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Early spring Nagoya Castle - reported by a foreign student

 Travis Olexa,  Nagoya Gakkuin Daigaku

While most of Hommaru Palace is closed off to the public due to continued construction to restore the building, it is still a must see place full of picture worthy scenery. While walking through the halls of this building I was struck by the immense beauty of its wooden construction. Given its wooden structure, the fresh smell of Cyprus filled the air reminding me of my log cabin back in Alaska. On all sides you can see beautiful wall screens painted depicting various animals and nature. One unique painting that stands out most is the one of the male and female tiger with a cub due to the story behind why this painting depicted these animals in the way it did. If you look closely at the female tiger you will see it has spots instead of stripes. This mistakes stems from people thinking leopards were female tigers, thus the female tiger was painted as a leopard. Japanese artists, Japan not having tigers or leopards itself, had to rely on others depictions of these animals for their paintings. Overall, visiting the Hommaru Palace is a worthwhile trip to make and take a lot of photos. But please watch your head as you enter.

Whenever you visit Nagoya Castle you will most likely run into members of the Nagoya Omotenashi Busho-tai(Nagoya Samurai Greeters). These actors help bring the place alive by dressing up as famous samurai of the Sengoku Jidai (Warring Time). Don’t be afraid to ask for a photo with them, they are friendly and always glad to welcome guests to Nagoya Castle. On the weekends these men even perform dances and shows to entertain guests. On the day we visited Nagoya Castle we met Maeda Keiji and Kamekichi.mell of Cyprus filled the air reminding me of my log cabin back in Alaska. On all sides you can see beautiful wall screens painted depicting various animals and nature. One unique painting that stands out most is the one of the male and female tiger with a cub due to the story behind why this painting depicted these animals in the way it did. If you look closely at the female tiger you will see it has spots instead of stripes. This mistakes stems from people thinking leopards were female tigers, thus the female tiger was painted as a leopard. Japanese artists, Japan not having tigers or leopards itself, had to rely on others depictions of these animals for their paintings. Overall, visiting the Hommaru Palace is a worthwhile trip to make and take a lot of photos. But please watch your head as you enter.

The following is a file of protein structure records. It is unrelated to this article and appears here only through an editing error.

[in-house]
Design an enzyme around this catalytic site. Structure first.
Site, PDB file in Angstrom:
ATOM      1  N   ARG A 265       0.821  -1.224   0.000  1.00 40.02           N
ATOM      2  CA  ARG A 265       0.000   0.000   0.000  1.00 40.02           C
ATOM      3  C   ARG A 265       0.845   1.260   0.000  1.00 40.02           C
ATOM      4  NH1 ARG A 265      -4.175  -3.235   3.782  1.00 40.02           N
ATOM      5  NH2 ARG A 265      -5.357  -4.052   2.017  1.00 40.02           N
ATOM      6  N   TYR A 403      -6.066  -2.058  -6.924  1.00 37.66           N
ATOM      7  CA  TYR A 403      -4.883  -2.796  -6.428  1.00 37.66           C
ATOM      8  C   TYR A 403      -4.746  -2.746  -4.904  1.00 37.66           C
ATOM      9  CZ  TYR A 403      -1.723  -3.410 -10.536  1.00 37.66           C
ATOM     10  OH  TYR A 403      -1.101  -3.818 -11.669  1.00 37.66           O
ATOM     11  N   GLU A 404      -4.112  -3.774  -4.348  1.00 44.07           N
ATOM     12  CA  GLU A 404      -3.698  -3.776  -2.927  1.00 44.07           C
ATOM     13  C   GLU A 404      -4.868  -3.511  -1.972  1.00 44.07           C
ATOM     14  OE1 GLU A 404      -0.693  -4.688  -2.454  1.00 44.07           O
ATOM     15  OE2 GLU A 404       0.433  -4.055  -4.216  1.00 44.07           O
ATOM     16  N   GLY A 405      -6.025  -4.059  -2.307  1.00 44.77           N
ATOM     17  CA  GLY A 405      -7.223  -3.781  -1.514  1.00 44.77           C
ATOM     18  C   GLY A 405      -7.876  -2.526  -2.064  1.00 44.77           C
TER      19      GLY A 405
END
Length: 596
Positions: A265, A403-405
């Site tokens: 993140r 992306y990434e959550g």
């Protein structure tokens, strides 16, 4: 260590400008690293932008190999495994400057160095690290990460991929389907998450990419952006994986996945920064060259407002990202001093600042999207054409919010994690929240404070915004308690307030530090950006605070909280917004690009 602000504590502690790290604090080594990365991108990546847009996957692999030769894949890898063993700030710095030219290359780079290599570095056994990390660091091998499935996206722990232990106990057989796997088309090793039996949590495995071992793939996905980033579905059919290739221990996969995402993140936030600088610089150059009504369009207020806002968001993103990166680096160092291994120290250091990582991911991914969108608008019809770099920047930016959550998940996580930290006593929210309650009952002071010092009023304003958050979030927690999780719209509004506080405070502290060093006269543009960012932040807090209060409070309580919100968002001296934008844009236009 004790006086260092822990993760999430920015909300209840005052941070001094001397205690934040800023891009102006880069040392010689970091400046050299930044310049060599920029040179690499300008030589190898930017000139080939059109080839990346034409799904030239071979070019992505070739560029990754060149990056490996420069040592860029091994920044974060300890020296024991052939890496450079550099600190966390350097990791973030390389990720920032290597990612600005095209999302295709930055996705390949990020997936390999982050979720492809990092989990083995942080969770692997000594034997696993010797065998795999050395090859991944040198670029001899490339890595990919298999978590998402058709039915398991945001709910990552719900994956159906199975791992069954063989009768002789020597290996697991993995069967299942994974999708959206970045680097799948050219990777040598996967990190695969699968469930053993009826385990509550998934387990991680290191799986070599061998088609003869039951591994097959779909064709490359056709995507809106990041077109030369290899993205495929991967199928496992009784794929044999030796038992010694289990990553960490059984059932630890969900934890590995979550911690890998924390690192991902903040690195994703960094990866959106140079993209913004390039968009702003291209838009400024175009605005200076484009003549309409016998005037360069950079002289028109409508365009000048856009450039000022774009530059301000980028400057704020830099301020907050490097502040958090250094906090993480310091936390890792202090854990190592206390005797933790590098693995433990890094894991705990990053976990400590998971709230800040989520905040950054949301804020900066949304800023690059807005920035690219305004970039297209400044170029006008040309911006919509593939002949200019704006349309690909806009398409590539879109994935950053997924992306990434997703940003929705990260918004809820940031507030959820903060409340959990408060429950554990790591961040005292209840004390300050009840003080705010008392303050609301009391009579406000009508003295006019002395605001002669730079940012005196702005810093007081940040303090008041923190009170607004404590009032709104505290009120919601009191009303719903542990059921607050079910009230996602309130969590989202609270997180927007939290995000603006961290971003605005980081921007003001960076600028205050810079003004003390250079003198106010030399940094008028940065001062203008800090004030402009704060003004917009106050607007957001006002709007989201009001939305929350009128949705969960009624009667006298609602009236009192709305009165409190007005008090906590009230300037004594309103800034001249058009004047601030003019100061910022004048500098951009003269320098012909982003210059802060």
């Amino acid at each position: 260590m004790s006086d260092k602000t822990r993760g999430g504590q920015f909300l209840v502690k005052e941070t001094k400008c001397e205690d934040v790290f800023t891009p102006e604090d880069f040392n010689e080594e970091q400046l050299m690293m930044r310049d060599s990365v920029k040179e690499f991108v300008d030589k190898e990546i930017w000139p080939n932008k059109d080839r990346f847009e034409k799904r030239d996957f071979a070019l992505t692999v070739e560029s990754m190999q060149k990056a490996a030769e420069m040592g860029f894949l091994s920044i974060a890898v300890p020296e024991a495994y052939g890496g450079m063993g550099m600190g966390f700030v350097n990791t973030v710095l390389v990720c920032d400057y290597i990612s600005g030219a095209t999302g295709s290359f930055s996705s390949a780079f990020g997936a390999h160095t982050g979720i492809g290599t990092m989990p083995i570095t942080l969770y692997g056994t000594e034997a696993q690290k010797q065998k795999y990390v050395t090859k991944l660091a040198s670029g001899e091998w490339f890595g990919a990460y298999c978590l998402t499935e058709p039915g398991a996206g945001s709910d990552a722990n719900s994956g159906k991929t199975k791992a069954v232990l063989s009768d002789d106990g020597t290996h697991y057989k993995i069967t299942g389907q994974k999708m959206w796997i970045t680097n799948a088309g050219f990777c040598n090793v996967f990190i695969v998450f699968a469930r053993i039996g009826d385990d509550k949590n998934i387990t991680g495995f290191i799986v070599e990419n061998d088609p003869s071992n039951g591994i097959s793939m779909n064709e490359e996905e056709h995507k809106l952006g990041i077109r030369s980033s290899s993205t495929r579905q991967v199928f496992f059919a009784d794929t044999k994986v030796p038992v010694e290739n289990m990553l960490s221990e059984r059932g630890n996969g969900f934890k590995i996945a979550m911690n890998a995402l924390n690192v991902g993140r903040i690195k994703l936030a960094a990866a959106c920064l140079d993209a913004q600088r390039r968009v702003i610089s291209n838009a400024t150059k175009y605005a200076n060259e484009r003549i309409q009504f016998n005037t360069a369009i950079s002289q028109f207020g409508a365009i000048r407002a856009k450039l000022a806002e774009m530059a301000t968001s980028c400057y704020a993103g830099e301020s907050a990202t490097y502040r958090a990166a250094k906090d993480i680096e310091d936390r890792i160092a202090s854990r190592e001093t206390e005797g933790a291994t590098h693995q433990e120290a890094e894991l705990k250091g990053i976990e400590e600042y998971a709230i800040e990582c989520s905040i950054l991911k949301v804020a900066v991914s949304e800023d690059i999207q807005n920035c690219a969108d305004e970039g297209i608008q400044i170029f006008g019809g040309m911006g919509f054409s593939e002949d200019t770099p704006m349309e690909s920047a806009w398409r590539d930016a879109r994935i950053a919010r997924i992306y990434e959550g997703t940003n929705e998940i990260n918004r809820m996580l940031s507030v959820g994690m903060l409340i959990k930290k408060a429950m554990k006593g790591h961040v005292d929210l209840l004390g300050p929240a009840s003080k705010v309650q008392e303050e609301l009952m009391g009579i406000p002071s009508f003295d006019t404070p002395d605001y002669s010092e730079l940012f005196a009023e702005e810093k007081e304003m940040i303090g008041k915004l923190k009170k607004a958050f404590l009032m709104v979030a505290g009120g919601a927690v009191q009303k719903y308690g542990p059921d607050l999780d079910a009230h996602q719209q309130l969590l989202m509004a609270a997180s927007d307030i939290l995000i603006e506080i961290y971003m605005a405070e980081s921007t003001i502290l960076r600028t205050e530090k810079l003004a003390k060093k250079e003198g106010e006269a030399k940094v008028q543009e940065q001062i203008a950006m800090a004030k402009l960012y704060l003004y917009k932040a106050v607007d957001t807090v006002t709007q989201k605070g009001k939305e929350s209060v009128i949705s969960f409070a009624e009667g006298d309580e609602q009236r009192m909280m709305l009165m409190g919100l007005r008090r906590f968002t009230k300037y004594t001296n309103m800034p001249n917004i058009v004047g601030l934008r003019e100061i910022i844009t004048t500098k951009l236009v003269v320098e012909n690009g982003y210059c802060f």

The castle keep itself is just one piece of an entire fort. The castle itself is a large compound comprised of various layers of walls and moats to stop would be attackers. 

There is a lot of things about this castle that I love, including the amazing main keep、the two Kinshachi on the roof, and the stonework of the walls. The main keep itself can be seen well in advance as you approach the castle compound with its architecture and copper roof that stands unique against the backdrop. As you get closer to the castle keep you can see on top two golden figures adorning the roof, the Kinshachi. These fictional creatures are dolphins with the head of a tiger. In the case of a fire, these Kinsahchi would spray water over the castle to douse the flames and protect the castle. I was happily surprised to find out you can ride one of these creatures inside the castle for a great photo to send back home. The last thing that I wish to touch on is the history in the stones that make up the castle itself. If you pay close attention you will notice some of the stones have symbols chiseled into them. These are the mon (Family Symbol)of those who paid for the making and transportation of these stones. The making of castles was not the work of a single man, but hundreds of other lords would contribute stones from all across Japan as tithes to their ruler. In order to get the recognition for their contribution, they would carve out their family crest in the stone.

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